And the wait begins. It is usually around this time every year that people start making their predictions, often seeing them get wrong. But then, one way or the other, it’s fun. As Tyler Cowen of MR says here,
My personal prediction (which never once has been correct, at least not in the proper year) is for an early “shock” prize to Banerjee, Duflo, and Kremer, in part to show (try to show?) that economics really is an actual science.
[Unidentified] – Hello.
[Adam Smith] – Hello, may I speak to Professor Phelps please?
[Unidentified] – Who’s calling?
[AS] – I’m calling from the official website of the Nobel Foundation in Stockholm, and my name is Adam Smith.
[Unidentified] – Yes, ha, ha, ha.
[AS] – Yes, I know, it could be a hoax call with a name like that, I realize. It’s a terrible burden I carry.
- My first choice would be –
Joshua Angrist, David Card, Alan Krueger
Admittedly, I know very little about their work. I barely work in any empirical field. However, these people are so famous that any graduate student in economics is aware of them. They are literally giants in the field of empirical economics. They have a number of papers talking about schooling and its returns, the effects of draft-lottery on schooling and earnings, earnings of war veterans, effects of teacher testing on teacher performance amongst many other things. As opposed to the randomized control trials mechanism that is very popular in the literature, theirs is a method of testing a hypothesis using the available data. While there remain obvious questions with a methodology of this sort, very often running randomized control trials is infeasible and / or expensive. Moreover, they have had some incredible theoretical contributions as well to the literature on empirics.
In a seminal paper by Angrist and Krueger, they demonstrated using a technique of instrumental variables to the effects of Vietnam war. Their contribution to the field of practical, interesting and applied economics is so great that, I would think, it’s only a matter of time before they bag the prize. And then, given that the prize hasn’t gone to econometricians for a while now, this year could be the one.
- Choice number two would be –
Robert Barro and Paul Romer Once again, these are pretty famous names if you have studied a bit of growth theory. Barro has a very famous book that a huge number of advanced undergraduates to masters level students read. But then, that can hardly be a reason to award someone a Nobel and be assured, that isn’t why I am putting my money on him. Once again, like Angrist and co. I know very little about Barro and Romer. Romer is at NYU and yet I have never even met him. But Romer has a pretty amazing, innovative and pioneering paper called “Endogenous Technological Change” that set a new tradition in macroeconomics. Besides that Paul Romer is one of the rare academic economists who are so actively involved in making world a better place. When I say this, please don’t misinterpret to mean that other economists aren’t doing that or anything. But very often, there is a difference between academic economics and its application. Romer has, in my opinion, a fantastic project called the Urbanization Project wherein they are building new cities to foster faster growth. You can follow the website to get into the details. Barro has equally seminal contribution to the theory of growth and development.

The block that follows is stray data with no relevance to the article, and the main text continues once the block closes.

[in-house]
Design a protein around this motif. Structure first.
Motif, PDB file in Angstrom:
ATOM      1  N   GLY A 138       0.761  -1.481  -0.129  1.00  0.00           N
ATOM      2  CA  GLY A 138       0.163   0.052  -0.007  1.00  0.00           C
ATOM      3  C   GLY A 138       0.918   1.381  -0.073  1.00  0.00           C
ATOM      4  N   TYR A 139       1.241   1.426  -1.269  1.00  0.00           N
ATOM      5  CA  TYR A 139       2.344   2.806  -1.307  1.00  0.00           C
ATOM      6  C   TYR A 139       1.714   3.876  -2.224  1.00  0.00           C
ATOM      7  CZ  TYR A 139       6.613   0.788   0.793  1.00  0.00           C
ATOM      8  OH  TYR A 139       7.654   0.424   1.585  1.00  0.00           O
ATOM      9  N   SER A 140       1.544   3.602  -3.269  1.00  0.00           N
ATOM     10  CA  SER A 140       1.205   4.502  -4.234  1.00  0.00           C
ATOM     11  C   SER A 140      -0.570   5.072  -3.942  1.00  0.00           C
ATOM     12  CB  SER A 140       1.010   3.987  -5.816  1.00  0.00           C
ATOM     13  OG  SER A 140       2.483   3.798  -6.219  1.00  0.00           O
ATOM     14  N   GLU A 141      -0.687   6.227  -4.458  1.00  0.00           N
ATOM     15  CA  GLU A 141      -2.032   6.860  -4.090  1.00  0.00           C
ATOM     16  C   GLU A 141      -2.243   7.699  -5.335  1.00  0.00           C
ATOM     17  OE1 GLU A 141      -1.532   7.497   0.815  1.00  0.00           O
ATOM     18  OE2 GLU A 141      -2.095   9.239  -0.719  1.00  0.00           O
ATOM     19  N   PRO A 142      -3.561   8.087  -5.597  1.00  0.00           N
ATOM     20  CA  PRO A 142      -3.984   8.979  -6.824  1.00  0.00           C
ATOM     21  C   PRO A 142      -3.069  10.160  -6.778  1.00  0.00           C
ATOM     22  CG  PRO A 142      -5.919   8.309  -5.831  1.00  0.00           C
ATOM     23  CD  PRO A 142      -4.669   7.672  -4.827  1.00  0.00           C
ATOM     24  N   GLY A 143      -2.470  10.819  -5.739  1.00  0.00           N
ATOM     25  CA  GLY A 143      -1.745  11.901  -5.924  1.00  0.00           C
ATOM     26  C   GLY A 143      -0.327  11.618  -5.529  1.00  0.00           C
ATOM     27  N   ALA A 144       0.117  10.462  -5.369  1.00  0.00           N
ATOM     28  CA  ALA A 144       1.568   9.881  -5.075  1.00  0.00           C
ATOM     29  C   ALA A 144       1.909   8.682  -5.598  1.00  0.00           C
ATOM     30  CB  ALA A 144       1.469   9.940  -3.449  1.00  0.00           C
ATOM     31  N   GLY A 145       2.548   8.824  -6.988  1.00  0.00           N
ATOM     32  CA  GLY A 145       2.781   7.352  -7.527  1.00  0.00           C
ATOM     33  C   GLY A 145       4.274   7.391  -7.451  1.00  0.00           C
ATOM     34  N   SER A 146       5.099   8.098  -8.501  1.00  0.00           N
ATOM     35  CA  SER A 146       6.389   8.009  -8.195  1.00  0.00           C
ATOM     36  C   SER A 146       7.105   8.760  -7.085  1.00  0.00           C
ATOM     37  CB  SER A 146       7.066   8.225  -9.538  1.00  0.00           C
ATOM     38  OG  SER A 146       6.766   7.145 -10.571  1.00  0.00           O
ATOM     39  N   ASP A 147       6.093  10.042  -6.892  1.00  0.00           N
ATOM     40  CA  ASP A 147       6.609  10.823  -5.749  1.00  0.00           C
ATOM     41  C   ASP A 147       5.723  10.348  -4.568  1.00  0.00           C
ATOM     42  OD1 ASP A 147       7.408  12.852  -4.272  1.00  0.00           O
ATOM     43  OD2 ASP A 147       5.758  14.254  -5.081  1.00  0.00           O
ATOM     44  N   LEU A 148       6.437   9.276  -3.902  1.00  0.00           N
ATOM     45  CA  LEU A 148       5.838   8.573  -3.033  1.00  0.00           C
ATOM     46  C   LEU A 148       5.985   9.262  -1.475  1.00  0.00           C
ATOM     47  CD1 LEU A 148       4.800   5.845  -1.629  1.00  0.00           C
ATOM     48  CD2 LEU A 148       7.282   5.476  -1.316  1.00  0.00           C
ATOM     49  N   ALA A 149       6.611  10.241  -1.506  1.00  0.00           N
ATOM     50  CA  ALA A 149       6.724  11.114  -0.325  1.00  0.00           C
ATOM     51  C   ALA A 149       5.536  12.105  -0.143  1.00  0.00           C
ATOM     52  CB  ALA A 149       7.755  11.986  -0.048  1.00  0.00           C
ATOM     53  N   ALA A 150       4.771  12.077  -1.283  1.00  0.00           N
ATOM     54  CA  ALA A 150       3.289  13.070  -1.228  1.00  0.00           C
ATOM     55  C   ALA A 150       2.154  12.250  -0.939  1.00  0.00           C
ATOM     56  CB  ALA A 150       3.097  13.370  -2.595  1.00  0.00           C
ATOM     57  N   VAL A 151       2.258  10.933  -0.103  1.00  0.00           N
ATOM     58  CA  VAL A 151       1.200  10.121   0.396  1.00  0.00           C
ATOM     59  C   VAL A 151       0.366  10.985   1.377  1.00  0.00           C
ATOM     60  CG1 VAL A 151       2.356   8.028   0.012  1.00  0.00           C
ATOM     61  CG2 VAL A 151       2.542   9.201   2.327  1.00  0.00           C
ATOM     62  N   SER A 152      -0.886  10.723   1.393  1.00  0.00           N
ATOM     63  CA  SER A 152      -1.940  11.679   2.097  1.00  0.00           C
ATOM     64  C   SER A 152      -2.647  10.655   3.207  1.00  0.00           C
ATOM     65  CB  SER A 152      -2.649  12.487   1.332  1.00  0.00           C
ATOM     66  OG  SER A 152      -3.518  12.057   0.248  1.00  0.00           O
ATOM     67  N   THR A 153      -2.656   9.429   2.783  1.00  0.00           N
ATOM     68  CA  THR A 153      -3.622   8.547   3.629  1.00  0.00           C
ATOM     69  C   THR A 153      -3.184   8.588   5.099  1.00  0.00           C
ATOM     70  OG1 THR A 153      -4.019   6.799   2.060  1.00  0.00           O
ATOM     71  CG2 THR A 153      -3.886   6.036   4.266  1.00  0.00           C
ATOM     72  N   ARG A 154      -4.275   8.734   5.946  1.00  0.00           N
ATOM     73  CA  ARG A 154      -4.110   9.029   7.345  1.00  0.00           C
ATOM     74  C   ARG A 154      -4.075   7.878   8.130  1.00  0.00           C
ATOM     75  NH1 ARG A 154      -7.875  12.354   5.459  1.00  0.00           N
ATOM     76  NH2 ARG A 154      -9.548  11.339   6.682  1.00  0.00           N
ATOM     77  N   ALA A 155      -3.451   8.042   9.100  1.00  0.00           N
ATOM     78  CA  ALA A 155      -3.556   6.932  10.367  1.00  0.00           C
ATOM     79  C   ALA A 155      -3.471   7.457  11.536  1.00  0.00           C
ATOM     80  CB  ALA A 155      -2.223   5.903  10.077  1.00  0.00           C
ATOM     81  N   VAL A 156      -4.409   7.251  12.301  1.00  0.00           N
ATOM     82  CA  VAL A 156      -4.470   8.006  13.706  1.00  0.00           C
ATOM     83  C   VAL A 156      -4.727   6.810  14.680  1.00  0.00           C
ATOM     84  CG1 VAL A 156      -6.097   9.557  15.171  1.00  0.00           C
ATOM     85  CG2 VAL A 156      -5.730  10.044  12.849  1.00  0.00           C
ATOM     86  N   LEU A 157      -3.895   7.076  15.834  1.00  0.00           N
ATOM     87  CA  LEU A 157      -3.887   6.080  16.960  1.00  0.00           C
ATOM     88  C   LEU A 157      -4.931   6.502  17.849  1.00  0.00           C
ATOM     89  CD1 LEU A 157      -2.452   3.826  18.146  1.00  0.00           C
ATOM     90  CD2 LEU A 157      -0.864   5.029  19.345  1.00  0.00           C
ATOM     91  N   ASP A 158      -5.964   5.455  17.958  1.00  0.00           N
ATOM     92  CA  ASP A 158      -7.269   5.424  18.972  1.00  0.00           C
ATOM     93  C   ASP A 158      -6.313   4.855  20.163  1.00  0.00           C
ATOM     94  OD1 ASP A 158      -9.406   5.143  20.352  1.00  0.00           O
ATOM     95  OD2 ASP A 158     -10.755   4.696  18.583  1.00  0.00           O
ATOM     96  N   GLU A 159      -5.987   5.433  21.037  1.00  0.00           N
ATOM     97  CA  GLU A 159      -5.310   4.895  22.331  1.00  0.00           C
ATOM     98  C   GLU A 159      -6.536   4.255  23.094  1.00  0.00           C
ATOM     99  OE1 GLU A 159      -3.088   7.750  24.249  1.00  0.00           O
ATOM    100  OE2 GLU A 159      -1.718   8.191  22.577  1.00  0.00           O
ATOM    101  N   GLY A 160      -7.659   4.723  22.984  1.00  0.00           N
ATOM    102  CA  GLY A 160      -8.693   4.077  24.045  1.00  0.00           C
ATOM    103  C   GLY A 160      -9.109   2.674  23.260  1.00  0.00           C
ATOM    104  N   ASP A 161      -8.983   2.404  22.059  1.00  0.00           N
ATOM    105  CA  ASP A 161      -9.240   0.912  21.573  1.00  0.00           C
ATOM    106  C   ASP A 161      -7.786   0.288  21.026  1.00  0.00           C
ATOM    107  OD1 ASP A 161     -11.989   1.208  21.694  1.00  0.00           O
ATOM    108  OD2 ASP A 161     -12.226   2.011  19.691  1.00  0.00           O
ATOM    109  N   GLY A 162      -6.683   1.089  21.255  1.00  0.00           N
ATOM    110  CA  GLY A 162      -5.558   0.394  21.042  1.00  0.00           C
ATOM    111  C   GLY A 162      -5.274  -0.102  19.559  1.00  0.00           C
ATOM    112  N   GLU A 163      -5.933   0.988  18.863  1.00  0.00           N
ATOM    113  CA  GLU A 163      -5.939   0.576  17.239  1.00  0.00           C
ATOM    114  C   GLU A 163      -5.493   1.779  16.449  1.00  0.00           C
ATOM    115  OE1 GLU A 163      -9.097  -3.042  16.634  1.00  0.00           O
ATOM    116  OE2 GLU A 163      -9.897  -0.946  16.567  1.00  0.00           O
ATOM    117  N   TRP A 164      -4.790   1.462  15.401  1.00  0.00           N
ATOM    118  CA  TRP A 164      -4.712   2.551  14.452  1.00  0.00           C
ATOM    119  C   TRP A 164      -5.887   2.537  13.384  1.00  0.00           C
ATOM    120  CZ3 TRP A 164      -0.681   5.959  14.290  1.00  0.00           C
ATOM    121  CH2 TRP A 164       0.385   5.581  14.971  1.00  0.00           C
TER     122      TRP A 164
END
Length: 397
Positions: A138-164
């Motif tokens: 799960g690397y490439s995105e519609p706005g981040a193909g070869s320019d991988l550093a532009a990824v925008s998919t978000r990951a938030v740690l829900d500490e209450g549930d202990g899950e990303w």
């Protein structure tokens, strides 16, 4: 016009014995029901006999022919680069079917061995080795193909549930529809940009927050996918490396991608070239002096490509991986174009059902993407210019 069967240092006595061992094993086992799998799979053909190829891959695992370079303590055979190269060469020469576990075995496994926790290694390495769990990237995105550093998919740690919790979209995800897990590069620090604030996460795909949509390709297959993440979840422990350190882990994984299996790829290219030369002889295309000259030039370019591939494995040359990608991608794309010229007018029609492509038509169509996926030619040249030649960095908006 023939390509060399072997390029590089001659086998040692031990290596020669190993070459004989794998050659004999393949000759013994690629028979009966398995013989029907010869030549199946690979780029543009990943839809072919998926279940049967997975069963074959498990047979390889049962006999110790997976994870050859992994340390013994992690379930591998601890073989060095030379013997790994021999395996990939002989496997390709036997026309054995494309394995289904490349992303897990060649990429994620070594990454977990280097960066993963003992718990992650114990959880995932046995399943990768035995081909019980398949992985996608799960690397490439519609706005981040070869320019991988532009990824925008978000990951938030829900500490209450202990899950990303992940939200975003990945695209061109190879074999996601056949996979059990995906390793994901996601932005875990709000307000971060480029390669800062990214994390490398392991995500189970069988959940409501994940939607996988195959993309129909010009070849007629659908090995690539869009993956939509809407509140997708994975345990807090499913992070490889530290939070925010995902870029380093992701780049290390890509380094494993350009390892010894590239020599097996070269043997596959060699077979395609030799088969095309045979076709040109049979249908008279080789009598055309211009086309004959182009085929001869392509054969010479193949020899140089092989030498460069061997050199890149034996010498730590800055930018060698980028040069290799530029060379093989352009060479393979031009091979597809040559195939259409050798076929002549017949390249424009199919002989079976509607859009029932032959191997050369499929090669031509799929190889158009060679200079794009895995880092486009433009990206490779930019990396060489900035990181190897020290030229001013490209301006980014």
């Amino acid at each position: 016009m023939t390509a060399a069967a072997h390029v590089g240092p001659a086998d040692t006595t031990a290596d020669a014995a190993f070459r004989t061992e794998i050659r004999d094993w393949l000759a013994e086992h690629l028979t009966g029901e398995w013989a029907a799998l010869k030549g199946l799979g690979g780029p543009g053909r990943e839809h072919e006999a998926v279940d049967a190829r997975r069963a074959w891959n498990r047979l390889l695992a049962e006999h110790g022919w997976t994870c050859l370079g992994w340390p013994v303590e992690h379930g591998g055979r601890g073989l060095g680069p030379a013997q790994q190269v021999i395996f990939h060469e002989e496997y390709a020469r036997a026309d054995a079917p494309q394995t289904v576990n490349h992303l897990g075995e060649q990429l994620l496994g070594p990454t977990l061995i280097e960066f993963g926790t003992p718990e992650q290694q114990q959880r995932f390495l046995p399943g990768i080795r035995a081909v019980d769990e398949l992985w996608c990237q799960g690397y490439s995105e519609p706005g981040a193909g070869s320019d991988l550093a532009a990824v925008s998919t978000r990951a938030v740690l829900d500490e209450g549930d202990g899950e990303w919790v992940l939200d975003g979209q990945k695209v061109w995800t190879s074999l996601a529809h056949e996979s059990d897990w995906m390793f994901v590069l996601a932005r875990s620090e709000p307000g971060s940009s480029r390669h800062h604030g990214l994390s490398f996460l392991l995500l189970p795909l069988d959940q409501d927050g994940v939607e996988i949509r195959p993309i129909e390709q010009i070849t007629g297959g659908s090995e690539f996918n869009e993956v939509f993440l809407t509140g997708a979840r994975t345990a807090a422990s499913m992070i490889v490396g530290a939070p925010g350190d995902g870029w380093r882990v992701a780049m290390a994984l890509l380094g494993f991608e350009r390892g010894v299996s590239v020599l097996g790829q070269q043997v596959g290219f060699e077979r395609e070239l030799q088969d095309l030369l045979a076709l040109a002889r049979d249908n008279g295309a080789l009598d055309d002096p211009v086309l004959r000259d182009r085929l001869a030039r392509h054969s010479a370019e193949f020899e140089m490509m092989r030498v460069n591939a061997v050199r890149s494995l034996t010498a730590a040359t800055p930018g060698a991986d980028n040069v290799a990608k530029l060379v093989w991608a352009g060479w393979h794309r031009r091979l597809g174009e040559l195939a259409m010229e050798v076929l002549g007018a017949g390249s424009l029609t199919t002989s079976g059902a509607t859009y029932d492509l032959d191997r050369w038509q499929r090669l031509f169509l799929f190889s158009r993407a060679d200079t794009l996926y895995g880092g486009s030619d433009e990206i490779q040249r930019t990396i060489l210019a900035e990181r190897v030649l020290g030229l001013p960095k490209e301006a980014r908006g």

I must add that alongwith these two, Robert Lucas’ name is doing the rounds for his second Nobel. Highly deserved as that would certainly be, I just think it’s unlikely that the committee would give another Nobel to him. Purely by that account I would rule him out.
- Esther Dufflo and Abhijit Banerjee
While there are many critics of the approach of randomized control trials in economics, it has been an incredible contribution to the field in terms of how rigourously many questions have been answered. Once again, I am NOT an empiricist. So I would neither defend nor criticize RCTs, not that I have any bit of achievements to my name for either of them to carry any weight. But I would definitely think that Banerjee and Dufflo have pioneered a new trend in economics that is certain to get them the prize one day. Whether it’s 2013 through an early Shock Prize as MR calls it? Let’s wait and watch.
As for whom would I want to win, I try to dabble in microeconomic theory. So obviously, my preferences lie there. So my favourite personal preference would be the Stanford gang-of-four namely, Kreps, Milgrom, Roberts and Wilson. Any subset of them winning would entitle my readers to a Starbucks Mocha Frapp!
And then, if none of them get it right, as econjobrumours poster says here,
Hugo Chavez and Fidel Castro for being able to starve and slave their countrymen..
Let’s wait and watch!!